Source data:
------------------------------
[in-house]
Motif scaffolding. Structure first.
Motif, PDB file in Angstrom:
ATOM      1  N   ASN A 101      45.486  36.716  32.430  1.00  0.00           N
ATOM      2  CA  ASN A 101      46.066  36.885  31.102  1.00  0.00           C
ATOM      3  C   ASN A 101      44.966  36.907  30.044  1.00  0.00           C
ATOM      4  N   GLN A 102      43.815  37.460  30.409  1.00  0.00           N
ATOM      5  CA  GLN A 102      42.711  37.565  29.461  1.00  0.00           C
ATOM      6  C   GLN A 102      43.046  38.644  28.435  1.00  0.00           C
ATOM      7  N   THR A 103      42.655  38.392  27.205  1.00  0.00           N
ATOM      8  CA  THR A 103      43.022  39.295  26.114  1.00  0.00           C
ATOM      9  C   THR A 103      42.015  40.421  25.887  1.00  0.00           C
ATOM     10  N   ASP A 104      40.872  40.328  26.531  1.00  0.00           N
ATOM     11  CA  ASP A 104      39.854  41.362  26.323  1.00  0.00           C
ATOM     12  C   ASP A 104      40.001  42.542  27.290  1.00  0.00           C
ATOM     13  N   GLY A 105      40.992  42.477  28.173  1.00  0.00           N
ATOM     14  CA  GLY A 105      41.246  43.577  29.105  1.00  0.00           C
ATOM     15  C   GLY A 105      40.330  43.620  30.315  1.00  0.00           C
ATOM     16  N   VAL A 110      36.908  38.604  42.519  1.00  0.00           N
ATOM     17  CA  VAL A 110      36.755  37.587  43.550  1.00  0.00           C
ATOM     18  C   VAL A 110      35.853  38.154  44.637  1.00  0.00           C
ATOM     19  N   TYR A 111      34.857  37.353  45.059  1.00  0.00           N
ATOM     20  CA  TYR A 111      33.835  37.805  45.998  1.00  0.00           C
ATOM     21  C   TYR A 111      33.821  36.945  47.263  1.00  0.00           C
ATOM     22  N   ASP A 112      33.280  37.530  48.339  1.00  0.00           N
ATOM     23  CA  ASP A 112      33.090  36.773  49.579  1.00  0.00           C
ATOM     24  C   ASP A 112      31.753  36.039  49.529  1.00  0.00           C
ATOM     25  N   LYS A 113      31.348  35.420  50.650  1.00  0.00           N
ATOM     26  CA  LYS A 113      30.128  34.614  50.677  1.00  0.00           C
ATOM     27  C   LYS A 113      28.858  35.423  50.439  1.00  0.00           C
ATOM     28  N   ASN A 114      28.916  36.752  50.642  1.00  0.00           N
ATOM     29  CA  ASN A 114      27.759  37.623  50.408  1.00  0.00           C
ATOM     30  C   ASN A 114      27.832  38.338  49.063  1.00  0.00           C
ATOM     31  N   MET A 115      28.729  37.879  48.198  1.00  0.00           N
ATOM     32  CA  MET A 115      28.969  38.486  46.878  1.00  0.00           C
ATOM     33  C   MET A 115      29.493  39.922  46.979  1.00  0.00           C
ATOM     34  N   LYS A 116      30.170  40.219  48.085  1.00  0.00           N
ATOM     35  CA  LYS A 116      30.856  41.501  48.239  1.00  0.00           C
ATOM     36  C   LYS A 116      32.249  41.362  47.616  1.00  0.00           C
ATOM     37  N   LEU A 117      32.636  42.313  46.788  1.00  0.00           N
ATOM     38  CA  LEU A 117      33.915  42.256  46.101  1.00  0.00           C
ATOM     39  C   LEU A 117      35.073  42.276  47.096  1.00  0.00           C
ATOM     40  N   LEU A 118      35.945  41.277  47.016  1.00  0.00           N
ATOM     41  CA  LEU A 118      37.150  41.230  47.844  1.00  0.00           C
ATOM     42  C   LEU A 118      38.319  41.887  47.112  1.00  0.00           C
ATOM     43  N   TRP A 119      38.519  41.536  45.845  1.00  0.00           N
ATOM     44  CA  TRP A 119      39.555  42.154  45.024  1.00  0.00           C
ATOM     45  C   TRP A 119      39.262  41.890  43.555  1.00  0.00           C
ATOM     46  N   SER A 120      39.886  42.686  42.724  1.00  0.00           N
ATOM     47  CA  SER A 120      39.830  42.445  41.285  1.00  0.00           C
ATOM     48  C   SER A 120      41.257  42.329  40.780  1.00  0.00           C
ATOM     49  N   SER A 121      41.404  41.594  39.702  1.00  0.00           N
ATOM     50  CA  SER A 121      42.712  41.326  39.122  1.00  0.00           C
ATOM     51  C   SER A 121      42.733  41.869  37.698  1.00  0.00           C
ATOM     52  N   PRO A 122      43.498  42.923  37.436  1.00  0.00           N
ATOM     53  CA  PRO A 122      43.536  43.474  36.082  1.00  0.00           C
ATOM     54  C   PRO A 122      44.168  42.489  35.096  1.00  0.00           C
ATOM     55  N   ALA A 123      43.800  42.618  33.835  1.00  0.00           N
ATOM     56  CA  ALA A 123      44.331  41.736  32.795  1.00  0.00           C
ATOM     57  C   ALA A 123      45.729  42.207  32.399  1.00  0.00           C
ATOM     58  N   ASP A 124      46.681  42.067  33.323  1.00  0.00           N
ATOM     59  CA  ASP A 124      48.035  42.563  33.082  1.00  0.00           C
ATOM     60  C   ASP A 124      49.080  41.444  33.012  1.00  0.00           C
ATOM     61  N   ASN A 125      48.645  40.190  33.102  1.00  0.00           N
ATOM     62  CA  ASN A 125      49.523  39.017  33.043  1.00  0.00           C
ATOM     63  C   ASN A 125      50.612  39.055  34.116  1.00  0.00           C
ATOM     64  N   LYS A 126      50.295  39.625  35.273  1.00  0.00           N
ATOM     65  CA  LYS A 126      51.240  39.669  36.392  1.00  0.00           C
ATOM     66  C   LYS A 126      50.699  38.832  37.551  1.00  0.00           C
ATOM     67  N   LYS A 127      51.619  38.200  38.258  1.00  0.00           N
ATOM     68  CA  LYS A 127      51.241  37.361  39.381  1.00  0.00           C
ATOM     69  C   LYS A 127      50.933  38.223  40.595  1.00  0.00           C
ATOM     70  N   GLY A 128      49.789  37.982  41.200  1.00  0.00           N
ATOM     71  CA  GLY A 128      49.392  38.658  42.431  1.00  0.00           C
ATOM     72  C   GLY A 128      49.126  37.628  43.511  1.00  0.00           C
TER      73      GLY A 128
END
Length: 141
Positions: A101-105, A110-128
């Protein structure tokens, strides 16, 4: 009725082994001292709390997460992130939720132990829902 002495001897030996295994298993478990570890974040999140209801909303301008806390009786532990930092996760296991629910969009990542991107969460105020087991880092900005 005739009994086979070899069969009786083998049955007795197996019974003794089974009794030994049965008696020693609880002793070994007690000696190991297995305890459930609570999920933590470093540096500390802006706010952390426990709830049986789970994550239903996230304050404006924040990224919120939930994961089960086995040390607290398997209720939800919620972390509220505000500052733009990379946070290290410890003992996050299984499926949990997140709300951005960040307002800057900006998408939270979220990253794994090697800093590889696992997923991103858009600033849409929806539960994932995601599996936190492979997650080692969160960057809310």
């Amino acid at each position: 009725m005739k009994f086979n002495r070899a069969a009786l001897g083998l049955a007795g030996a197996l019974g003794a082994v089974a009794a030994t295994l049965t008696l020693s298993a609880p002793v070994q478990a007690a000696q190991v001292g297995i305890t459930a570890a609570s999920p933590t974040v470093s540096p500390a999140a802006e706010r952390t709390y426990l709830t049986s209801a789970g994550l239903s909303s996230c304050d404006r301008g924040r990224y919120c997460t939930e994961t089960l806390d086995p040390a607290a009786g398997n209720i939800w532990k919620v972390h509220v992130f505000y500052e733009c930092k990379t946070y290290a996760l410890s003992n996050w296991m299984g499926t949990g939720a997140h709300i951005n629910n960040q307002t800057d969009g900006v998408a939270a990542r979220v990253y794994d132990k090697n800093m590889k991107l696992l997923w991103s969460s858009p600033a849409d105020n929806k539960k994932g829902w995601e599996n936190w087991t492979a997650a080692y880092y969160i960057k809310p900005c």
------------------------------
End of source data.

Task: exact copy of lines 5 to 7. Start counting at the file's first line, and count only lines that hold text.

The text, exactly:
ATOM      2  CA  ASN A 101      46.066  36.885  31.102  1.00  0.00           C
ATOM      3  C   ASN A 101      44.966  36.907  30.044  1.00  0.00           C
ATOM      4  N   GLN A 102      43.815  37.460  30.409  1.00  0.00           N